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Development of a Near-Bed Sediment Flux Sensor

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Our research program focuses on identifying and quantifying sediment erosion, transport, and deposition processes on the continental shelf through state of the art observational techniques in both fine grained and sandy environments. In sandy environments our goal is to understand the detailed interactions and feedbacks between hydrodynamics, bedforms, and the resulting sand transport. In fine grained such as the environments, Eel River shelf we have been investigating the role of gravitationally forced fluid mud flows in the wave boundary layer as a cross-shore transport mechanism. In certain environments bedload or near bottom suspended load can be the dominant mode of sand transport. In particular, these modes of sediment transport can have important impacts in terms of understanding erosion and deposition mechanisms in coarser sand environments with active bedform processes. These bedform processes, which may be forced by bedload transport, have been observed to change the local seafloor elevation tens of centimeters in time scales of hours to days. However, there is a lack of suitable observational techniques to measure bedload and near bottom suspended sand transport and their relationship to the hydrodynamic forcing. Therefore, we are developing and testing acoustic Doppler instrumentation that can quantitatively measure the bedload and near bottom suspended load flux magnitude and direction on a rapid time scale and its relationship to the hydrodynamic forcing. The approach for this project is based on a combination of modeling sensor geometry and response and testing actual systems in laboratory and field environments. The modeling effort will be used to guide development of sensor geometries and signal processing schemes. These will then tested using the components of Coherent Doppler Profiler developed at Dalhousie University.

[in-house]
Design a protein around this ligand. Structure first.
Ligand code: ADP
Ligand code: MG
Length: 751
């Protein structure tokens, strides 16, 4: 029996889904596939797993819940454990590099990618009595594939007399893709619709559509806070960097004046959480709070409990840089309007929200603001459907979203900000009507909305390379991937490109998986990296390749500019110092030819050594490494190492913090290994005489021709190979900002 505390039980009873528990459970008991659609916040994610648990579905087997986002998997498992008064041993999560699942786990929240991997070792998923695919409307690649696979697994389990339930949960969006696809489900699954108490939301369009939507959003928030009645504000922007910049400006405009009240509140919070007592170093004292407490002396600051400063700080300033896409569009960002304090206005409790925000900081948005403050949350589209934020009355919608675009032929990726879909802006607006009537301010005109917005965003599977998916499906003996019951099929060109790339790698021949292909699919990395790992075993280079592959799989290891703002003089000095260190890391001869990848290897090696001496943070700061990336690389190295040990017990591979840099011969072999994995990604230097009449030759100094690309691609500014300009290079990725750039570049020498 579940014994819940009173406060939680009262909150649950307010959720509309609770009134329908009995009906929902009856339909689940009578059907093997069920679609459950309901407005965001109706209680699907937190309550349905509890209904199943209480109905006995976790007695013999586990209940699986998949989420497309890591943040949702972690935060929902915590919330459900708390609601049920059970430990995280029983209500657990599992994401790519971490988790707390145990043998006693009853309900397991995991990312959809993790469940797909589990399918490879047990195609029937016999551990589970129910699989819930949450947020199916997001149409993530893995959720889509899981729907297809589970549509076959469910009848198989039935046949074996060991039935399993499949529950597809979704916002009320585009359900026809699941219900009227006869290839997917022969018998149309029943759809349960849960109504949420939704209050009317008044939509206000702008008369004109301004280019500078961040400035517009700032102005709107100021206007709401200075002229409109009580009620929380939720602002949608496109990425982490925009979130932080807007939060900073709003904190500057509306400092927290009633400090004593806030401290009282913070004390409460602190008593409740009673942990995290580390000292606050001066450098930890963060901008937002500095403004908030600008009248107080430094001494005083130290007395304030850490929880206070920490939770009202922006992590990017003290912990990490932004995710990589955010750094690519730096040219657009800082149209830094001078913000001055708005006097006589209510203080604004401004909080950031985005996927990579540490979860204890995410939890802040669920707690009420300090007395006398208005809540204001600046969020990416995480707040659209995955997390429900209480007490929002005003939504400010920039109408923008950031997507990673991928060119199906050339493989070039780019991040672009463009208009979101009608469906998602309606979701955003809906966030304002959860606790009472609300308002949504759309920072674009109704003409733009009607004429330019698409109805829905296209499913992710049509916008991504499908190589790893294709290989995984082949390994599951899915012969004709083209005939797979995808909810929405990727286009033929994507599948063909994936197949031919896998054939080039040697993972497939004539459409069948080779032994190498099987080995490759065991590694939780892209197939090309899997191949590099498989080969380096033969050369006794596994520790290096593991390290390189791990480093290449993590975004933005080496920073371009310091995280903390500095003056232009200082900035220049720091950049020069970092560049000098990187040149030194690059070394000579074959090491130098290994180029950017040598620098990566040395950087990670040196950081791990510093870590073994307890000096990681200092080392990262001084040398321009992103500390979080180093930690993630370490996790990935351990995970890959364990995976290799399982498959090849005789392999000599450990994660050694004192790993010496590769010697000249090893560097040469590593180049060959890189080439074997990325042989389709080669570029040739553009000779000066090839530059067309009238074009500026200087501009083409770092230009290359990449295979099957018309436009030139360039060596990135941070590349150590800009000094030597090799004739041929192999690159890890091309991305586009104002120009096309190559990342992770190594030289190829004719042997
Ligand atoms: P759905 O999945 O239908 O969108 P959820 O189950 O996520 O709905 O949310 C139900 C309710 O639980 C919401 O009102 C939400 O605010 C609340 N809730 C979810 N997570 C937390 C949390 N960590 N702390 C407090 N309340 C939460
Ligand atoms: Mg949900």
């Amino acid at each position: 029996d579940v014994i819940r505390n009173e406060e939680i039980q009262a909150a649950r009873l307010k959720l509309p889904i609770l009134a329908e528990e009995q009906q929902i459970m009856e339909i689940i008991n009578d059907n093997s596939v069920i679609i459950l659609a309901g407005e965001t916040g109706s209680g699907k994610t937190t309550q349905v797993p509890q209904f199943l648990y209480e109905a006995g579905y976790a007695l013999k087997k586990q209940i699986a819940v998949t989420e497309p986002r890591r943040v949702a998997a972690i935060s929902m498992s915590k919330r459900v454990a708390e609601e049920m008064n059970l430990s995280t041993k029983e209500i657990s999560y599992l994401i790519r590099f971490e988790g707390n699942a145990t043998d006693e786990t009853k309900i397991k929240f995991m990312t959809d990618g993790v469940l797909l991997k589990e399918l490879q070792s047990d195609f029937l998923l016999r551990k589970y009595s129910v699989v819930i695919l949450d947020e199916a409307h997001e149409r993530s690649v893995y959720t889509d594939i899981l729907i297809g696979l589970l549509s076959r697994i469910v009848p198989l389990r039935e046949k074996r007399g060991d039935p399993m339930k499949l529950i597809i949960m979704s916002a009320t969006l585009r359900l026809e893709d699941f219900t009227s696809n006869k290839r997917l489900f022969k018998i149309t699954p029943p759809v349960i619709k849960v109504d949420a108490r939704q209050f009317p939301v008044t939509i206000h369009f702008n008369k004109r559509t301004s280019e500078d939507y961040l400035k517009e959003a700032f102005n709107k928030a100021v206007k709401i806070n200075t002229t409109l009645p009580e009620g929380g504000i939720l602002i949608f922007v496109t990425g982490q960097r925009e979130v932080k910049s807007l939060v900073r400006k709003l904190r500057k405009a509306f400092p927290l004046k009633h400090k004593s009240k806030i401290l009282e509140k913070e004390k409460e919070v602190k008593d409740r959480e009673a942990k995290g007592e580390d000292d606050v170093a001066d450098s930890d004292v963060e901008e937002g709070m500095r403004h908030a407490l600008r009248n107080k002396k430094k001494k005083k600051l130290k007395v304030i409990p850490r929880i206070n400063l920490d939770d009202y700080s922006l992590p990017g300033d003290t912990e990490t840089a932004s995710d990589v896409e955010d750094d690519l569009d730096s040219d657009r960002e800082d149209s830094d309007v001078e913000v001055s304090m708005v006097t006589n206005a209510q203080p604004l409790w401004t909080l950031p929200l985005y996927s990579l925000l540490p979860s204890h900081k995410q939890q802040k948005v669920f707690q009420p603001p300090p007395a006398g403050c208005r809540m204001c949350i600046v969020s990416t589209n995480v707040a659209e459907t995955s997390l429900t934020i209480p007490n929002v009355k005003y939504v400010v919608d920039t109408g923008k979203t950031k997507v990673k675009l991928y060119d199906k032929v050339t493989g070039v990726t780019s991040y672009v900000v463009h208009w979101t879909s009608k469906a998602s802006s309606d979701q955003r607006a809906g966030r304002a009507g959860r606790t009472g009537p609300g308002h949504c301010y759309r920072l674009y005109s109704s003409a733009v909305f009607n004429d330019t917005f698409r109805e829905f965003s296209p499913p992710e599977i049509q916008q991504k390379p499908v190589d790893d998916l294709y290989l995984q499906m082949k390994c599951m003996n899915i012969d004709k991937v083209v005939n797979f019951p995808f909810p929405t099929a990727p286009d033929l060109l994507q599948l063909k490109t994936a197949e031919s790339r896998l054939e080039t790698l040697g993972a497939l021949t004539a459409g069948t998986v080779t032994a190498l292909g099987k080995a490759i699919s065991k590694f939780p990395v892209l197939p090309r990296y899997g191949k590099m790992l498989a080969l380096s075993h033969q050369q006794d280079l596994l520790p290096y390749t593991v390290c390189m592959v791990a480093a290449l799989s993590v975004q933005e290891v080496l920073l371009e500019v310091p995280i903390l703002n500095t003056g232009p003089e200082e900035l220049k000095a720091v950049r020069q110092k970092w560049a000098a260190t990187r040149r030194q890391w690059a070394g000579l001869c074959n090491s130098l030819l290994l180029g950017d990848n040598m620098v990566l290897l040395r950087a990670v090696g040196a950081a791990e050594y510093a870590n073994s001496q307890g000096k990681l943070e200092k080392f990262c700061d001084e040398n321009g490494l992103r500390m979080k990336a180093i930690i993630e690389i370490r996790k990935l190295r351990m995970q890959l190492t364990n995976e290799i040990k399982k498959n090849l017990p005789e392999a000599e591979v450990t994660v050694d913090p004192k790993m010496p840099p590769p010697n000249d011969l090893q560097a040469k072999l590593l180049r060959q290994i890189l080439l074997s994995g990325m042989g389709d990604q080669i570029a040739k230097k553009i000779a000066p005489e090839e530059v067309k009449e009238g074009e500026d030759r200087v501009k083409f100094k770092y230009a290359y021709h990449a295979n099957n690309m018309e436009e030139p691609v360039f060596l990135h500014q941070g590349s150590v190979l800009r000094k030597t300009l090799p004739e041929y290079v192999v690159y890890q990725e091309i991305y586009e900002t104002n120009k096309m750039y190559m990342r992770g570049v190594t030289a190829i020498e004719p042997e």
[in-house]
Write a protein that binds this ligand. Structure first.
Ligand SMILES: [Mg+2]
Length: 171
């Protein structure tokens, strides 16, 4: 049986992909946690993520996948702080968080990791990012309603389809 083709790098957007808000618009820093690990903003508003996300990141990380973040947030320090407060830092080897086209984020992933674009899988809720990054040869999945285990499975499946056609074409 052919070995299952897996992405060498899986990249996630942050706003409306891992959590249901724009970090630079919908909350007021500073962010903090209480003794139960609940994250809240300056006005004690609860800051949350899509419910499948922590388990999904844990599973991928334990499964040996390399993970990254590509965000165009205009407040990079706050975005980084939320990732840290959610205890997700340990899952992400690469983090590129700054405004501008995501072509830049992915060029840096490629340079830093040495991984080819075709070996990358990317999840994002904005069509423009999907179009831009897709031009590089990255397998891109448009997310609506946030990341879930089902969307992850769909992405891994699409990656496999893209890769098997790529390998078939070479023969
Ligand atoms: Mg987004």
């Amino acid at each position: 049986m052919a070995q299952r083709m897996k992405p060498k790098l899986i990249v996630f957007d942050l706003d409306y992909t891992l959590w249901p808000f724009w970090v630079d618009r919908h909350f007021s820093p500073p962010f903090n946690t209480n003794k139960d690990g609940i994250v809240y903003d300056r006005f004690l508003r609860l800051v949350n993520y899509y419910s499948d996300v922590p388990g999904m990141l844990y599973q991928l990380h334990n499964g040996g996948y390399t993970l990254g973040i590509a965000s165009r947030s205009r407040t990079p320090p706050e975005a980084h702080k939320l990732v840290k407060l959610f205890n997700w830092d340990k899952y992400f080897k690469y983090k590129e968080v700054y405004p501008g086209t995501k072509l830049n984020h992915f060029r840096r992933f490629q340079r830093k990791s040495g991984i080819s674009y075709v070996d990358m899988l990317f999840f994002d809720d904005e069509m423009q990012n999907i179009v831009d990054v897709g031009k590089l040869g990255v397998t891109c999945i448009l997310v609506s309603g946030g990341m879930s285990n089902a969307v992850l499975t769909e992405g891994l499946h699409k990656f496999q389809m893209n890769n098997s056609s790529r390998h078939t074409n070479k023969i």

Subject Categories:

  • Physical and Dynamic Oceanography
  • Acoustic Detection and Detectors

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